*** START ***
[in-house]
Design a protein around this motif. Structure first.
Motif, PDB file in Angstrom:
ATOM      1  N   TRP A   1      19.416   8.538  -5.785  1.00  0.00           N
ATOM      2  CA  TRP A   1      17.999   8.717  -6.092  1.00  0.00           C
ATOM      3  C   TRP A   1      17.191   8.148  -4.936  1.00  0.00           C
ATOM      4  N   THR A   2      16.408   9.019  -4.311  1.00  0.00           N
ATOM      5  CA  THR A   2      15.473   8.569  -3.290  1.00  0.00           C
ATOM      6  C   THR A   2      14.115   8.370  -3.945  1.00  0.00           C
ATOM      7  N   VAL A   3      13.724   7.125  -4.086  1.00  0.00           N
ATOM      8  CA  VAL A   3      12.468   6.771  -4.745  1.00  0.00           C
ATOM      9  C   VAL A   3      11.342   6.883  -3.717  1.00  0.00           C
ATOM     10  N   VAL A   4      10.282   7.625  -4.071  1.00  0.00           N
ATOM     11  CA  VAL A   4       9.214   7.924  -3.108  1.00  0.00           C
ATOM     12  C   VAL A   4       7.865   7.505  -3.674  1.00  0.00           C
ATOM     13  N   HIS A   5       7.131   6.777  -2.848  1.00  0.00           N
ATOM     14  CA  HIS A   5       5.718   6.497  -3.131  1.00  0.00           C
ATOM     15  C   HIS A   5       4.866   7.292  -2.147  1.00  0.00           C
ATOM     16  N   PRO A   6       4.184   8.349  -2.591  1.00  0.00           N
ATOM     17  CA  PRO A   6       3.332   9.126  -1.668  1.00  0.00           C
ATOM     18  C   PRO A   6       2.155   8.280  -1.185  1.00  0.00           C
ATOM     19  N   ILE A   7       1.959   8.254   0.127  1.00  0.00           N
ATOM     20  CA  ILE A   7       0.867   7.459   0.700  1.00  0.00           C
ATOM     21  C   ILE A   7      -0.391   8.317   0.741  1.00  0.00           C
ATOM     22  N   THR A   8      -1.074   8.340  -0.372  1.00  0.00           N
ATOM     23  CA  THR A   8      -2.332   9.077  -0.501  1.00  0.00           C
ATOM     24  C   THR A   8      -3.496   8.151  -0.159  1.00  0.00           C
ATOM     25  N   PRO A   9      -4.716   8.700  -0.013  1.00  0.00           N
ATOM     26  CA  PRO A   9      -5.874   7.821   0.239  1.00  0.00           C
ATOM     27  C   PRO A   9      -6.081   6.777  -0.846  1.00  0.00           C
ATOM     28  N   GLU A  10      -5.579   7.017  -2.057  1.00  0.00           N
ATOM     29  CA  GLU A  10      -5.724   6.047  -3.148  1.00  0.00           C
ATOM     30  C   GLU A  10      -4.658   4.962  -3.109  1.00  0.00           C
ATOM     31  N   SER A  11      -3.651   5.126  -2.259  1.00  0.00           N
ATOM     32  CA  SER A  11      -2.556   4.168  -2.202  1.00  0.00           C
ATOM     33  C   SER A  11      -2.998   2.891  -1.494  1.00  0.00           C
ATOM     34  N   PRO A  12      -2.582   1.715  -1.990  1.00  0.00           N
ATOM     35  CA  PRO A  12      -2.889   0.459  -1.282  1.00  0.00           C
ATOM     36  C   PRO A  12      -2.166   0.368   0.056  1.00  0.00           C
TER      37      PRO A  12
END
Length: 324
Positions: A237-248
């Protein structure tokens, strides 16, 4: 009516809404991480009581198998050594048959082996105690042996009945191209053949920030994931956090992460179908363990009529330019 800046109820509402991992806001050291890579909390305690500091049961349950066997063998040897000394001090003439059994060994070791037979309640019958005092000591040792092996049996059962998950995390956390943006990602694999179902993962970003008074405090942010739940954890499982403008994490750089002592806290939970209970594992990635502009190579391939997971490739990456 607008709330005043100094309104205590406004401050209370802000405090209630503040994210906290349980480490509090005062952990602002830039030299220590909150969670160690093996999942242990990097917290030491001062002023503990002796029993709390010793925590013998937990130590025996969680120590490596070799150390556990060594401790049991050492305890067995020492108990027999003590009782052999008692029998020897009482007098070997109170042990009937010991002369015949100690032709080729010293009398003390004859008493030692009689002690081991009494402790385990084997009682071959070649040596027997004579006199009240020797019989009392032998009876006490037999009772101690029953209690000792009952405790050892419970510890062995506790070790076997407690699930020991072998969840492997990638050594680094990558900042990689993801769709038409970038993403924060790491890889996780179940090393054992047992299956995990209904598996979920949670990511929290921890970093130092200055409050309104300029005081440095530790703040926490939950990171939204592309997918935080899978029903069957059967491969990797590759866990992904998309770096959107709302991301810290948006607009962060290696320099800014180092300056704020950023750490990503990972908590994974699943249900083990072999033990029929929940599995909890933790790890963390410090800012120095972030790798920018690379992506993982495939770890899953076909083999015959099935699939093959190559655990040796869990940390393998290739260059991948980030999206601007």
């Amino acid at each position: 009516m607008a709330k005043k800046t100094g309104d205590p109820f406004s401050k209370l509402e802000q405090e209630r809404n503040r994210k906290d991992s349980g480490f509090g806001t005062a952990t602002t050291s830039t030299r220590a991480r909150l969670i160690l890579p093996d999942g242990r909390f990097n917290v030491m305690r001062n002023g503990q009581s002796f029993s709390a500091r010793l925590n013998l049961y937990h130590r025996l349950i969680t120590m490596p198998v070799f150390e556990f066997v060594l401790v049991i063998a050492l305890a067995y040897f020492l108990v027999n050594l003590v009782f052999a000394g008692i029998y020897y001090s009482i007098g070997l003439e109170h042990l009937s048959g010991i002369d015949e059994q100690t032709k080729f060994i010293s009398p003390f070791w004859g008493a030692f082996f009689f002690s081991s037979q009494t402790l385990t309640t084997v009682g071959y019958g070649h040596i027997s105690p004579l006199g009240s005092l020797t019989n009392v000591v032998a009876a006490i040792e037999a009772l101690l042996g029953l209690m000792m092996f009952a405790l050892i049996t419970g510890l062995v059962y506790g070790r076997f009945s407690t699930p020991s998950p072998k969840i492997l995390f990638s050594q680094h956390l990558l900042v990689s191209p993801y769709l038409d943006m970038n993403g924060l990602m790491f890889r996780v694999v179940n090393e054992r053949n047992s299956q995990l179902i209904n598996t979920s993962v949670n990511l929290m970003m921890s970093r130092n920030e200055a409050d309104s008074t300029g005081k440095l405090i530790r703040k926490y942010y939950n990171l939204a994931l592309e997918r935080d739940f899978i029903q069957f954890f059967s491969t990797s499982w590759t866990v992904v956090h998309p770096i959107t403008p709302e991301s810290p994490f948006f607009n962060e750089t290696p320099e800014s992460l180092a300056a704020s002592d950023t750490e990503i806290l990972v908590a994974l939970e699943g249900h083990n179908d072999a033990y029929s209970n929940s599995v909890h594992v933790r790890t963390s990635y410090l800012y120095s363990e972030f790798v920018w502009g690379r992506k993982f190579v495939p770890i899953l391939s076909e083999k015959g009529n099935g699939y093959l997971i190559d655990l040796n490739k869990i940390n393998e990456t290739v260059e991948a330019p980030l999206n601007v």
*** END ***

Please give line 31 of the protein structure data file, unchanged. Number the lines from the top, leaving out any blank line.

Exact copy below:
ATOM     28  N   GLU A  10      -5.579   7.017  -2.057  1.00  0.00           N